Soil to sand: Spain’s growing threat of desertification

Soil to sand: Spain’s growing threat of desertification

SOURCE: Anadolu Agency DATE: July 19, 2019 SNIP: If carbon emissions remain unabated, Madrid will have a climate more like present-day Marrakesh by 2050, according to a recently published study by Swiss researchers. The study by ETH Zurich and Crowther Lab suggests that if the world doesn’t band together within the next 11 years – “the point of no return” – to reduce CO2 emissions, the earth could be 2-2.5 degrees hotter within a matter of a few decades. In that scenario, Madrid’s weather is likely to increase by an average of 2.1° Celsius, with the hottest temperatures increasing by 6.4°C. Already this year, Madrileños have perspired their way through record-breaking heat, with June 28 registering the hottest maximum temperature on record for the month of June – 40.7C (105 Fahrenheit), according to Spain’s national meteorological service. Experts from the European Environment Agency (EEA) told Anadolu Agency that the most extreme climate scenarios also project precipitation decreasing by more than 40% in parts of Spain during the summer months by the end of the century, leading to longer and more severe droughts across the Iberian Peninsula. And with at least 74% of Spain at risk of desertification (18% at high or very high risk), according to official data from 2008, could some parts of Spain come to look more like the Moroccan Sahara within our lifetimes? “The process of desertification will never produce a desert. Desertification creates something much worse than that – a landscape formed by opportunistic ecosystems and land degradation,” explained Gabriel del Barrio, a researcher at the Experimental Station for Arid Zones (EEZA) in Almeria, Spain....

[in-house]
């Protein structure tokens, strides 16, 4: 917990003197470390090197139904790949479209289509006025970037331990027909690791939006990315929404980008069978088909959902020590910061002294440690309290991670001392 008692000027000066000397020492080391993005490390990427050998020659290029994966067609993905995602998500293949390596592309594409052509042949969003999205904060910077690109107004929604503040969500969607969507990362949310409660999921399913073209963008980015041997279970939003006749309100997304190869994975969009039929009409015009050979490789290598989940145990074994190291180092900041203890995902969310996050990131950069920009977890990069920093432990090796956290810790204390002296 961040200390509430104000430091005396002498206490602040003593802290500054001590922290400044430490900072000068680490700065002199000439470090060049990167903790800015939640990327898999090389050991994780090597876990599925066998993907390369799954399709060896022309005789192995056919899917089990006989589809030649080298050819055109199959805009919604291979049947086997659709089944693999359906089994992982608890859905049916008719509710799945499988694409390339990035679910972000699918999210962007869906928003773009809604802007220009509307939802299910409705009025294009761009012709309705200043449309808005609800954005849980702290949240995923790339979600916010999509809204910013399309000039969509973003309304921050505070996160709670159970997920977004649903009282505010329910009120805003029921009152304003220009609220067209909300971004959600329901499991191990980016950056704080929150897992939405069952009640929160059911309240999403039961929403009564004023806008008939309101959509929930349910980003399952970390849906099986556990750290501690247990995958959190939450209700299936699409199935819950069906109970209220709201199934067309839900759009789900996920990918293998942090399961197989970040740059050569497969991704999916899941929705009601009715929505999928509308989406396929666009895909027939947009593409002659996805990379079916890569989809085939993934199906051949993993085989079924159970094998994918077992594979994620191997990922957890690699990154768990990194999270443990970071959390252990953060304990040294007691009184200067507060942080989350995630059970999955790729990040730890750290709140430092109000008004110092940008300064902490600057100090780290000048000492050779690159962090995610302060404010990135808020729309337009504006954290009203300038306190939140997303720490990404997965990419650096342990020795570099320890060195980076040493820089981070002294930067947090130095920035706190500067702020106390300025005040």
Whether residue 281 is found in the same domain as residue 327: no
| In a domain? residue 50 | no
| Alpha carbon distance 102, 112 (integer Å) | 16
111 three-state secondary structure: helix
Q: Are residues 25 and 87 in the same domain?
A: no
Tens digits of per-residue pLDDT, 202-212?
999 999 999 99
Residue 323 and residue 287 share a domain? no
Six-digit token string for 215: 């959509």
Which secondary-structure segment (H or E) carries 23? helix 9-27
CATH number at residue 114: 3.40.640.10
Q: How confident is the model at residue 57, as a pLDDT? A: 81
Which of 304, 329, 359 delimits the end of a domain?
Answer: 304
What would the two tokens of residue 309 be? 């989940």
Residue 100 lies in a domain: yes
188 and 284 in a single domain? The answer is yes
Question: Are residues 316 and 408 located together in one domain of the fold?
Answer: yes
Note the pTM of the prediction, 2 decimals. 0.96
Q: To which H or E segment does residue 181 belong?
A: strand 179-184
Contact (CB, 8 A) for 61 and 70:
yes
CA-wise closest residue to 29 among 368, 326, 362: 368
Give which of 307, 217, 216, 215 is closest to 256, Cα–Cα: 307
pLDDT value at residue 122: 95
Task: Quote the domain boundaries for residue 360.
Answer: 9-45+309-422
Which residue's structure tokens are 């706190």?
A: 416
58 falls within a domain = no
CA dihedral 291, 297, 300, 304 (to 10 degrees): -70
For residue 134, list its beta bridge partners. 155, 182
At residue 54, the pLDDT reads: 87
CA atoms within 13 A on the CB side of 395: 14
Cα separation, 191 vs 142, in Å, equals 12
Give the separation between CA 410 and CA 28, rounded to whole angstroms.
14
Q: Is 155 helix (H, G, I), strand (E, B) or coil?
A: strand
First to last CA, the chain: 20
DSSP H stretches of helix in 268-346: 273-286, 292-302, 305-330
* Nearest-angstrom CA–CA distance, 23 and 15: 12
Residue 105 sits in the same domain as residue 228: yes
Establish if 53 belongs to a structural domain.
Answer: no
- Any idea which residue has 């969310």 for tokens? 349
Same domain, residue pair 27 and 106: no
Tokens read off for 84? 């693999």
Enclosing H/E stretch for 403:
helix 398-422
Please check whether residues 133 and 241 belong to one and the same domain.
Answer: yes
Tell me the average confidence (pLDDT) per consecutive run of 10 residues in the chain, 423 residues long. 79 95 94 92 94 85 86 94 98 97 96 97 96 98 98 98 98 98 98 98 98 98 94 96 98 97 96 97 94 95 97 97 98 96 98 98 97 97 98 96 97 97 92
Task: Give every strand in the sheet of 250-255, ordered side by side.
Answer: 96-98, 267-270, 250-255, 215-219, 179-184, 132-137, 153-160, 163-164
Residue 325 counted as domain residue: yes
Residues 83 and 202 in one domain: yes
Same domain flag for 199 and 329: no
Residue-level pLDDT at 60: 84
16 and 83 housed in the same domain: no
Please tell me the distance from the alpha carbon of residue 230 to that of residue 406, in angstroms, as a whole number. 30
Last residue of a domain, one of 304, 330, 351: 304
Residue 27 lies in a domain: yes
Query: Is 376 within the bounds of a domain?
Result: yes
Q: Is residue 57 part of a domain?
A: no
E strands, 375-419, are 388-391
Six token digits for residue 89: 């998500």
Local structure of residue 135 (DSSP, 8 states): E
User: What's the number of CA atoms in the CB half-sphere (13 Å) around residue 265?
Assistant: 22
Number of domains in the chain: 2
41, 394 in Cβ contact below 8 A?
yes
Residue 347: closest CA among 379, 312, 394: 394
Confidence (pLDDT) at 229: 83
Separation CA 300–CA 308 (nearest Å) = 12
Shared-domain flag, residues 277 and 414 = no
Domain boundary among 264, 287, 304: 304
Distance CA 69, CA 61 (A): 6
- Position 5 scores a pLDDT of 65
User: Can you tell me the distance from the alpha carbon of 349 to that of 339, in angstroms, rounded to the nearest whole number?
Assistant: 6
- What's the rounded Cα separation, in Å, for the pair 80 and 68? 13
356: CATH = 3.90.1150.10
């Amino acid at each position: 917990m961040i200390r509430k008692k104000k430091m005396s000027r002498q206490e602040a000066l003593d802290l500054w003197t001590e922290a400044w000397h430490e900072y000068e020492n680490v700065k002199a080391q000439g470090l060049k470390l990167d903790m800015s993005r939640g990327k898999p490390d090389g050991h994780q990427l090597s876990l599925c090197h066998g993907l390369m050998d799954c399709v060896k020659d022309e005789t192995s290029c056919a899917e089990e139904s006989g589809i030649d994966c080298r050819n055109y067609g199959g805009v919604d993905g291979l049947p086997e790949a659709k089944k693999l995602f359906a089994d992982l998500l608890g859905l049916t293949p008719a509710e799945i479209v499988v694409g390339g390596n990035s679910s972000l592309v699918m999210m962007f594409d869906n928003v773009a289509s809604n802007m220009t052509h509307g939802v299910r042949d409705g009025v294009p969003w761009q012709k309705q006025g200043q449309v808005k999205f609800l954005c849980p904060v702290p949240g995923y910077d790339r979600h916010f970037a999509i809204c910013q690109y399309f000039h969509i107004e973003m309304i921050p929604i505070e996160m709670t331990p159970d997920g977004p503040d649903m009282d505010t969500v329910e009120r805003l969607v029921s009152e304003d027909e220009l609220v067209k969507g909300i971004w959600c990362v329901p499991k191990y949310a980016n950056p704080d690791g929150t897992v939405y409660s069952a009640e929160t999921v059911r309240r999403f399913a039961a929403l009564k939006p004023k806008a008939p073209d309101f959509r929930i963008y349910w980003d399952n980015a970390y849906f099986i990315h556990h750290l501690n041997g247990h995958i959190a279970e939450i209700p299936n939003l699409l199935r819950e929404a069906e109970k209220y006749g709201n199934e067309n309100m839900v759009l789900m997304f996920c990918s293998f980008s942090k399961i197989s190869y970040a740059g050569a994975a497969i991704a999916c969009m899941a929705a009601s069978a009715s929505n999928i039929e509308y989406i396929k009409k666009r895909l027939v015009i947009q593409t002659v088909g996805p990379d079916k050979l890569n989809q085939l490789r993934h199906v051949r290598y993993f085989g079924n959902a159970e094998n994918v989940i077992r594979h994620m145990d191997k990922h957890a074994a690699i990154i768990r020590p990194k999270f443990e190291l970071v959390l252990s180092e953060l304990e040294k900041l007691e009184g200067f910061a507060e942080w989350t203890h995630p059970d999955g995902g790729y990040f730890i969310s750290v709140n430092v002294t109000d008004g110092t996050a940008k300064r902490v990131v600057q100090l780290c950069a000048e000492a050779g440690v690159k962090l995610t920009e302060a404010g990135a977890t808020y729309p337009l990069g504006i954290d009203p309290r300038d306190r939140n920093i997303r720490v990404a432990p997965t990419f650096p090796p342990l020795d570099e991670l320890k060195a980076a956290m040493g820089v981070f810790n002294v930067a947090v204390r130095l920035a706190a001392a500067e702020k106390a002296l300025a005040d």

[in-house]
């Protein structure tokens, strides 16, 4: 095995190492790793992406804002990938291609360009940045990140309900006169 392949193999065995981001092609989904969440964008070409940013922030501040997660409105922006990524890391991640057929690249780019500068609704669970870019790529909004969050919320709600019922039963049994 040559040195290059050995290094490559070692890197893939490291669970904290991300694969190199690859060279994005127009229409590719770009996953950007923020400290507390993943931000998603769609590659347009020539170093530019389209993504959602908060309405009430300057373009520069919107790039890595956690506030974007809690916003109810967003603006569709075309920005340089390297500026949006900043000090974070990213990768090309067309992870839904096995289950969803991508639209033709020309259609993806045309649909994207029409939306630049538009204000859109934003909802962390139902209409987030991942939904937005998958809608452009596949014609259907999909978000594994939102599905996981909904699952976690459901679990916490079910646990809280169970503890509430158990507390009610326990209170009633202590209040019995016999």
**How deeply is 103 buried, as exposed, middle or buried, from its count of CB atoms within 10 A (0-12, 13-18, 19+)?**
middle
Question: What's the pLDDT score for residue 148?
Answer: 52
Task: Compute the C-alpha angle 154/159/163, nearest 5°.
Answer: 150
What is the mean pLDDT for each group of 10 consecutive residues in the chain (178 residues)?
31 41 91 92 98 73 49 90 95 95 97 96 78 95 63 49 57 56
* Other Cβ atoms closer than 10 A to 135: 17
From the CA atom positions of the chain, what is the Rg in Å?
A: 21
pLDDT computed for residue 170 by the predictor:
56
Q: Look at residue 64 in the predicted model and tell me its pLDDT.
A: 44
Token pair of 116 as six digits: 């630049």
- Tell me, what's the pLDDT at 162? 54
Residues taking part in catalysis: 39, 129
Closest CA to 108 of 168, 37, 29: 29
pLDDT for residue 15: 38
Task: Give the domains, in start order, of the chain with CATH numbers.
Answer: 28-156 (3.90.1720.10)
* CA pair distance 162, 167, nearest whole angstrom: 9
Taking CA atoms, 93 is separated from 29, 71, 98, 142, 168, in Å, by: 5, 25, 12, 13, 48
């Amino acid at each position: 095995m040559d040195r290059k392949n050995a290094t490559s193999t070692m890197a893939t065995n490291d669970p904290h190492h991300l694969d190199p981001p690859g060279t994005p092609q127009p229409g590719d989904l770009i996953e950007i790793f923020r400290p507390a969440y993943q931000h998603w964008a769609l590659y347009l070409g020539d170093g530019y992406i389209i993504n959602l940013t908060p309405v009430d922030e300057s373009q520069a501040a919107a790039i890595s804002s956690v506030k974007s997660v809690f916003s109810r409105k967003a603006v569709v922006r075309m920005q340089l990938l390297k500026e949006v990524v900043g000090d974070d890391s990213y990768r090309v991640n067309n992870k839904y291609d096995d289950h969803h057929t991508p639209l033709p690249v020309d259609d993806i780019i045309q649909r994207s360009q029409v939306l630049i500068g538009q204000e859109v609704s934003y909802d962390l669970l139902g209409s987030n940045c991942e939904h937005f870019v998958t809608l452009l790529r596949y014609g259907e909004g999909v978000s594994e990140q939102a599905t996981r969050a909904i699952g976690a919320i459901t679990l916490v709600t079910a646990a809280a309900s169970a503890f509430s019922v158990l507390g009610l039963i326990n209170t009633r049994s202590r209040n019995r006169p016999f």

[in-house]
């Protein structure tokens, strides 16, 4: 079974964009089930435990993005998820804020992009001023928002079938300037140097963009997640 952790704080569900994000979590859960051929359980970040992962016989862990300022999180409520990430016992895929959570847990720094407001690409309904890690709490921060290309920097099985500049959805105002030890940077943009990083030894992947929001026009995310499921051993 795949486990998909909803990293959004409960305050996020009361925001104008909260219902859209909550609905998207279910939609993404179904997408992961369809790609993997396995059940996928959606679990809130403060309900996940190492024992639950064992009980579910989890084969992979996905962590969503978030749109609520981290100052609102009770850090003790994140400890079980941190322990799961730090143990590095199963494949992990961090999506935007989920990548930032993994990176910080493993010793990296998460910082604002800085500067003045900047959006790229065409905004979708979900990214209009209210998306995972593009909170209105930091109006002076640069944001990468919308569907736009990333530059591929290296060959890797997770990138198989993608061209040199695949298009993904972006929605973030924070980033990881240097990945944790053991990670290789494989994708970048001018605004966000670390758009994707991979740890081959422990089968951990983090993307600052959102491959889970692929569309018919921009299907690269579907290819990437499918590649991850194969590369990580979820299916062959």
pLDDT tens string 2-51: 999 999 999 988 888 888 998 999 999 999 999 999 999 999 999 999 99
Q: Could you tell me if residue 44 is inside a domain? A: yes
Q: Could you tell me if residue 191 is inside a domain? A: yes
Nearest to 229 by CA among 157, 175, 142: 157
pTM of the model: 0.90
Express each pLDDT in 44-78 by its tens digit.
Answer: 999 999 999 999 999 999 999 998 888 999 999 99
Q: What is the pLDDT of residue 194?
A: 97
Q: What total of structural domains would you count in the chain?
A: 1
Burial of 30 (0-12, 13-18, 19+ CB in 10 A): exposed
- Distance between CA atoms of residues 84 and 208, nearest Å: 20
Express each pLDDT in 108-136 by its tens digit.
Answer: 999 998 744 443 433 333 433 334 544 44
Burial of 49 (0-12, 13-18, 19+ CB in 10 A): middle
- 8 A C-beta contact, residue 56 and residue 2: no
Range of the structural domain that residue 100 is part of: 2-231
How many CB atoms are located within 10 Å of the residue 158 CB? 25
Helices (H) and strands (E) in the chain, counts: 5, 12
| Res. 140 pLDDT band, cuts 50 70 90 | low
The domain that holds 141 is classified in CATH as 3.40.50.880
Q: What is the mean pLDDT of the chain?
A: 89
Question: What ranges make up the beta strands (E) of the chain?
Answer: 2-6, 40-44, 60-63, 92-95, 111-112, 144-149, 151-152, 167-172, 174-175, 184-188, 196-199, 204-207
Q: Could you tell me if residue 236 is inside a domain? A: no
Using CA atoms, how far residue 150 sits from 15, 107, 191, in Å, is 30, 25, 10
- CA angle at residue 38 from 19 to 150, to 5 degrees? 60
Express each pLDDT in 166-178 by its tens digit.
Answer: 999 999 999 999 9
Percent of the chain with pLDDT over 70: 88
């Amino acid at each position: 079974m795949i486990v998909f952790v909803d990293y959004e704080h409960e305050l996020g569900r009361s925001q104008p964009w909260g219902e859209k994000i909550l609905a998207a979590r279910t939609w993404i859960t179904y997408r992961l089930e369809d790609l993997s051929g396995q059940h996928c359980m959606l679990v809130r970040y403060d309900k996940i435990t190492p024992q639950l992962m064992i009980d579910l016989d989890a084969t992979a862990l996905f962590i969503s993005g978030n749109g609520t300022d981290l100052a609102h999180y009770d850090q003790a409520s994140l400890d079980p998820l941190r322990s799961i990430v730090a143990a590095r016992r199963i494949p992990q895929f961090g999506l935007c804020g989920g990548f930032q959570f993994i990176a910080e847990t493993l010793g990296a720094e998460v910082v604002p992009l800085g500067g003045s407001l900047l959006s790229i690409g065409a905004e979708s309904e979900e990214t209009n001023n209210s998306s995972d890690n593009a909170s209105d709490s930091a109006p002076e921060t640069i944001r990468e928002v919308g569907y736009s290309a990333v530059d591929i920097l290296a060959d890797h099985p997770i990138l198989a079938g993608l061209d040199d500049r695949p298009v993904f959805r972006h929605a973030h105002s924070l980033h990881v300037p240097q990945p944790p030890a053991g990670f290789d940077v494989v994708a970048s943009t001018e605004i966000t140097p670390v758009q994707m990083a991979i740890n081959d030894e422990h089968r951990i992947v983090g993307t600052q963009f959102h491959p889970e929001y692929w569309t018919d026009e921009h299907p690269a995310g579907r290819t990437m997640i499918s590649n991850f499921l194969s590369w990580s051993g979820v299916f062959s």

Achievement of Paris climate goals unlikely due to time lags in the land system

Achievement of Paris climate goals unlikely due to time lags in the land system

SOURCE: Nature Climate Change DATE: February 18, 2019 SNIP: Achieving the Paris Agreement’s aim of limiting average global temperature increases to 1.5 °C requires substantial changes in the land system. However, individual countries’ plans to accomplish these changes remain vague, almost certainly insufficient and unlikely to be implemented in full. These shortcomings are partially the result of avoidable ‘blind spots’ relating to time lags inherent in the implementation of land-based mitigation strategies. [P]roper assessment of mitigation options and NDCs requires factoring in the speed with which ambition and policy translate into beneficial on-the-ground activity. Without this, unrealistic expectations about the rate and extent of mitigation will delay and eventually preclude the adoption of appropriate targets. This effect is already clear in land-based mitigation policies, which are affected by a number of time lags that are rarely anticipated in the design of mitigation policies. Partly as a result, of the 197 countries that have produced NDCs so far (representing 96.4% of global GHG emissions), no major industrialized country has yet matched its own ambitions for emissions reductions. Of 32 countries (representing 80% of anthropogenic emissions) considered by the independent scientific organization Climate Action Tracker, only two (Morocco and the Gambia) are rated as achieving ‘Paris Agreement-compatible’ implementation of their NDCs. Global CO2 emissions appear to have risen in both 2017 and 2018 after previously levelling off. We argue that such setbacks can, and must, be avoided by improved assessment and recognition of the time lags inherent in land-system policy-making, management change and feedback...